I have the privilege of working with nonprofit leaders around the country and lately have noticed a common theme. They each embrace a version of this belief: The work is too important for me to slow down. This high-minded ideal is inspiring and can lead to remarkable work, but it can also lead to burnout.
You see, anxiety can be powerful and motivating. In the right doses, it can mobilize you into action and make you relentless in the pursuit of your goals. The perfect combination of neurochemicals can keep you in the sweet spot of creative activity without the burnout.
But when the way you think about your work becomes too rigid — veering into an unhealthy belief system dominated by dictates like “must” and “have to” — it’s only a matter of time before you experience the debilitating effects of stress and anxiety.
Following is a partial list of beliefs that, if undetected, will eventually catch up with you and almost inevitably lead to breakdown.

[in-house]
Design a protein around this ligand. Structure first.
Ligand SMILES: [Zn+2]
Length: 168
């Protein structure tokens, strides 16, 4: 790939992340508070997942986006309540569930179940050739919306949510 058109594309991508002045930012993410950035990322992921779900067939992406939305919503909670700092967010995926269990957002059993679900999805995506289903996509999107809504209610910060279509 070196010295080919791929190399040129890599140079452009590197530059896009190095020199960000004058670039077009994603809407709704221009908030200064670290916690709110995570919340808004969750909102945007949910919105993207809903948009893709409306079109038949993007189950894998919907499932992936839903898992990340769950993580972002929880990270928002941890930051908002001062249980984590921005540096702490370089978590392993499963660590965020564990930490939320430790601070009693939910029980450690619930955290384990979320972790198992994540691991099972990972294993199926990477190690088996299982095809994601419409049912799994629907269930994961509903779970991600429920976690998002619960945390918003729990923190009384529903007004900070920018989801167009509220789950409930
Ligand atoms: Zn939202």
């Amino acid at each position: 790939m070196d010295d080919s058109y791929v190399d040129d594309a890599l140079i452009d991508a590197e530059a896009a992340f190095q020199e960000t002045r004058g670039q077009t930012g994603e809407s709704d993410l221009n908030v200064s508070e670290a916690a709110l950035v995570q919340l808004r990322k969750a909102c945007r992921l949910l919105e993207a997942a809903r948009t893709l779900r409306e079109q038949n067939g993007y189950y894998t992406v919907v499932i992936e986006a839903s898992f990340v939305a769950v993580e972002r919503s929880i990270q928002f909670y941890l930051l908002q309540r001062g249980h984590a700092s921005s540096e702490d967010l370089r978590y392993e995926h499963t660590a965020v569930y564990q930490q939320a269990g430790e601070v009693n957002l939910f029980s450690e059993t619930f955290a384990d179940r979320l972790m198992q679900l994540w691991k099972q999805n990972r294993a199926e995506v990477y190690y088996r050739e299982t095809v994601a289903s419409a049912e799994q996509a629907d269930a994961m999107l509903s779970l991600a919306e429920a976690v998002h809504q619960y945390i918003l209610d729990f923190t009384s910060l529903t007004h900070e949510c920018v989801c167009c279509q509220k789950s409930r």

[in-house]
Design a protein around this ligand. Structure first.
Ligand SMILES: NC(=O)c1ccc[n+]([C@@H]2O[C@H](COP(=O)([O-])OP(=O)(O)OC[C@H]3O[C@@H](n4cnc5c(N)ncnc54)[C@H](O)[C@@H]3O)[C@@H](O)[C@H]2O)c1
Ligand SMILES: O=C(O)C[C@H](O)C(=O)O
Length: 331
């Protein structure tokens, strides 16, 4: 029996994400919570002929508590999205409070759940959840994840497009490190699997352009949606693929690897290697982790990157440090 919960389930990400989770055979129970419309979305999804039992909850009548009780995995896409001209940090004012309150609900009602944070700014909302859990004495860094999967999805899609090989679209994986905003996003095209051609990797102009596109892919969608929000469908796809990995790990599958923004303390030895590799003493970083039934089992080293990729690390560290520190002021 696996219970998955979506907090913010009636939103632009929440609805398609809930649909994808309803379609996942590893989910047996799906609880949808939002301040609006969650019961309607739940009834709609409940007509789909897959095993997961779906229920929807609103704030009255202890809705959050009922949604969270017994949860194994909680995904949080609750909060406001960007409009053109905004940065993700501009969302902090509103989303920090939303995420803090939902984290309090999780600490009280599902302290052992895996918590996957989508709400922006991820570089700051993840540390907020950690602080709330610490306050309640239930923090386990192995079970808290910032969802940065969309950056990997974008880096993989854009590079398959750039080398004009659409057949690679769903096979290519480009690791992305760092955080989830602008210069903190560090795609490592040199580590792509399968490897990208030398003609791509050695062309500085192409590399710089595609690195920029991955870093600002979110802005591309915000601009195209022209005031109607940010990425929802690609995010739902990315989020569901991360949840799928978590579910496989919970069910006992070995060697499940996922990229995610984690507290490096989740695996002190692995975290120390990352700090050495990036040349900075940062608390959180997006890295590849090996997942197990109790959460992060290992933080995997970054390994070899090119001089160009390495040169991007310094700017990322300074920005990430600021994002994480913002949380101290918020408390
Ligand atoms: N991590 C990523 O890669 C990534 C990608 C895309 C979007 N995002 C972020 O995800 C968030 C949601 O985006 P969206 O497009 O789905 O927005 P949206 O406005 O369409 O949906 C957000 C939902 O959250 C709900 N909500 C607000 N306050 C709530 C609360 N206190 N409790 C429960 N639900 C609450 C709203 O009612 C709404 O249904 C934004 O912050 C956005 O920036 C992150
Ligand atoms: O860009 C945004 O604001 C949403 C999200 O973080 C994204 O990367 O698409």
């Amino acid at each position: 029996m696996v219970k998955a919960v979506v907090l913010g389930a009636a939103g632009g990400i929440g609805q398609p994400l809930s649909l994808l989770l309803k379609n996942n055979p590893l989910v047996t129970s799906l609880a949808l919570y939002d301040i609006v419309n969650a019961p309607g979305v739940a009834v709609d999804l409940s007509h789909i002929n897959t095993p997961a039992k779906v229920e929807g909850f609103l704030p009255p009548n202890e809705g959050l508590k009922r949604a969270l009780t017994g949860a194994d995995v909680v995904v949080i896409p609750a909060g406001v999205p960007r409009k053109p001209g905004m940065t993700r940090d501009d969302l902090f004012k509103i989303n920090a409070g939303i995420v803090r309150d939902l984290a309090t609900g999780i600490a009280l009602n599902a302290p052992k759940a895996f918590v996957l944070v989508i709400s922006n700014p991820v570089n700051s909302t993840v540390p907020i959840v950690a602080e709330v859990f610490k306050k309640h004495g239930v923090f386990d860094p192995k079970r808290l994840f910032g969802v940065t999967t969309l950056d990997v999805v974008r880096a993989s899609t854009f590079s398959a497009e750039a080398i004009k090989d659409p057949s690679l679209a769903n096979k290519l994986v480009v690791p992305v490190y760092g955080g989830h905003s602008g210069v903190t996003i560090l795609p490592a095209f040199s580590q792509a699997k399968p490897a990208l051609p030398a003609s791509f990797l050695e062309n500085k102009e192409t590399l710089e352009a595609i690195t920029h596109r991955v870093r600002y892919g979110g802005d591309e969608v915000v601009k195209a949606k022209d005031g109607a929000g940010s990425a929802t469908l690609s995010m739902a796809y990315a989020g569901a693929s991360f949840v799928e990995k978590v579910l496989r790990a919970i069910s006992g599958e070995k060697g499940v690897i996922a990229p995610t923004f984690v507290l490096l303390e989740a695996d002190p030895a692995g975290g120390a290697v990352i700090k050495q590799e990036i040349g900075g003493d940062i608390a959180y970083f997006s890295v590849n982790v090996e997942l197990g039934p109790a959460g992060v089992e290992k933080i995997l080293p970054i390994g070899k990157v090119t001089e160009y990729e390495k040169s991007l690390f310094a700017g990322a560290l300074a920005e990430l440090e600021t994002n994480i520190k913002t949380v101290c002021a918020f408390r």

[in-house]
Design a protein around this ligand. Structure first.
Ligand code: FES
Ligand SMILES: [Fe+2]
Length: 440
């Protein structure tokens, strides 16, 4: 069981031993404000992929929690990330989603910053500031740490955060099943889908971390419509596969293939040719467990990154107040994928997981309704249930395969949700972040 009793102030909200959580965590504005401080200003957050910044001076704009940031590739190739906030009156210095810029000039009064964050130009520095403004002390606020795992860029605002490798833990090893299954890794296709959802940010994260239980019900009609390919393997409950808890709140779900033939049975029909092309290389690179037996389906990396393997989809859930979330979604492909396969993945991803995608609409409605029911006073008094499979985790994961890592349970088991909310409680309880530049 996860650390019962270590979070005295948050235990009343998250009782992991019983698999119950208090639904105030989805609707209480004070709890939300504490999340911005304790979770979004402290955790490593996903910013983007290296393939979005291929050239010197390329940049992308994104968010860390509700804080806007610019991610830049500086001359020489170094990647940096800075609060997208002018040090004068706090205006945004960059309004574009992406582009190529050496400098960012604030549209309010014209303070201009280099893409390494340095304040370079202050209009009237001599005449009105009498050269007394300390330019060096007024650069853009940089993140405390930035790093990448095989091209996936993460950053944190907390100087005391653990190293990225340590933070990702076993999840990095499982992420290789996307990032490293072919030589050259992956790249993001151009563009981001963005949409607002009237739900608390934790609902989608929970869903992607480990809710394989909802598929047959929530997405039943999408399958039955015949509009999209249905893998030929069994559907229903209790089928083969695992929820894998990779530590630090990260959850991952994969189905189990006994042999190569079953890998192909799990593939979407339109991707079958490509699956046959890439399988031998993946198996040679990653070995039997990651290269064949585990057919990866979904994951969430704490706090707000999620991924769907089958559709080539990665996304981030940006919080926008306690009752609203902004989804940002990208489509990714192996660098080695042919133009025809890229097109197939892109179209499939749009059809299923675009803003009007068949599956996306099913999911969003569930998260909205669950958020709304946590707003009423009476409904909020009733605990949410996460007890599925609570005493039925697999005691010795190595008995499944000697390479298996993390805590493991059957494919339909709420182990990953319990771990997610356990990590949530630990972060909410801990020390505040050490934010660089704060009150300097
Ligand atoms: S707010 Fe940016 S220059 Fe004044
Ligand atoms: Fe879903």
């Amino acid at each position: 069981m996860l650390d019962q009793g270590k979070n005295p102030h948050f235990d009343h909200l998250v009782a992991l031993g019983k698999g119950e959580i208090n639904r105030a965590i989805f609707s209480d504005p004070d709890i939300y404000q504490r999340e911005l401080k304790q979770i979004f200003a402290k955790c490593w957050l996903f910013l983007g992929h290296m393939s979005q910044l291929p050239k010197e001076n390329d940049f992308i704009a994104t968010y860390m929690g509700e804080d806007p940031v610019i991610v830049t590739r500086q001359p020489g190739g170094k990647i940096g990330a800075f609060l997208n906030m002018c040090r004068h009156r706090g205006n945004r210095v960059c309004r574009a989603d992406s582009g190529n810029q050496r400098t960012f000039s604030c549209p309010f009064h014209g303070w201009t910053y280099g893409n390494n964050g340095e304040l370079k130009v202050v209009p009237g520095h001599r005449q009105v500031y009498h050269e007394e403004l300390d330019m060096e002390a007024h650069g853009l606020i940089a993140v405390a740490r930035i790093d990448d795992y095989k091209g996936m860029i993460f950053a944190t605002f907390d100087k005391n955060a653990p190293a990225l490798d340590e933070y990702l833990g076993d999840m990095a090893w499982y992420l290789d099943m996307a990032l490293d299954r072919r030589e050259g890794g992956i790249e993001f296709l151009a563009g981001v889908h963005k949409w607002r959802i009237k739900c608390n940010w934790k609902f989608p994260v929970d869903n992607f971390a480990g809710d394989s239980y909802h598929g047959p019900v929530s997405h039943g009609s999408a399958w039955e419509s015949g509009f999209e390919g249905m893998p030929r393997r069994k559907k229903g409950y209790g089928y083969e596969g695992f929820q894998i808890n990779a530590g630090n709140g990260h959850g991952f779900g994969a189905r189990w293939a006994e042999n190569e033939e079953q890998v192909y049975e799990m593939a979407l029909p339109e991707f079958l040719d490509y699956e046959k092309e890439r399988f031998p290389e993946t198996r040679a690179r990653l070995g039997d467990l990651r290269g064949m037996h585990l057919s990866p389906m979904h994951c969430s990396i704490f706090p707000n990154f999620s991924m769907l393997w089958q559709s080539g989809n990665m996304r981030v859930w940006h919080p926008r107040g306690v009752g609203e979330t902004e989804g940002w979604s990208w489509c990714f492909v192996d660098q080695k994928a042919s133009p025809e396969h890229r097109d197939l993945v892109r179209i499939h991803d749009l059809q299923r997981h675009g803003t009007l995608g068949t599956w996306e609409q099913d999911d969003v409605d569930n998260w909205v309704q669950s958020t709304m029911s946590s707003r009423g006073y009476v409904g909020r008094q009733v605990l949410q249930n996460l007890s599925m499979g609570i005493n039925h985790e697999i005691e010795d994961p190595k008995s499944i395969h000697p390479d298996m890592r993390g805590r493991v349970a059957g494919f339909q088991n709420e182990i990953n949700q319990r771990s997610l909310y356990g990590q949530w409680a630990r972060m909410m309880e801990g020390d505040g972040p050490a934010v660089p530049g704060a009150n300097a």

Everything I do must be perfect.
Perfectionism ranks high among anxiety-inducing beliefs. It typically takes root in childhood, when we learn its value — to buffer us from the criticism of others.
We think, “If I’m perfect, no one can judge me.” We hide our limitations behind the guise of a perfect life, perfect family, perfect home, hoping that no one will notice how flawed we really are.
In an attempt to allay our anxiety, we size everyone up — especially those who most threaten us — and compare ourselves to their mold.
It’s a competition you can never win because you will never achieve perfection.
If people really knew me, they’d judge me–and probably want nothing to do with me.
A close cousin to perfectionism is inauthenticity.
At pivotal points in your life, you learned that certain behaviors were acceptable and others were not — and if you want to get along in this world, you better only show the acceptable parts.
When you don’t feel safe to be who you really are, you compartmentalize your identity into acceptable “buckets.”
For some of us, the bucket looks like this: accommodating, agreeable, meek.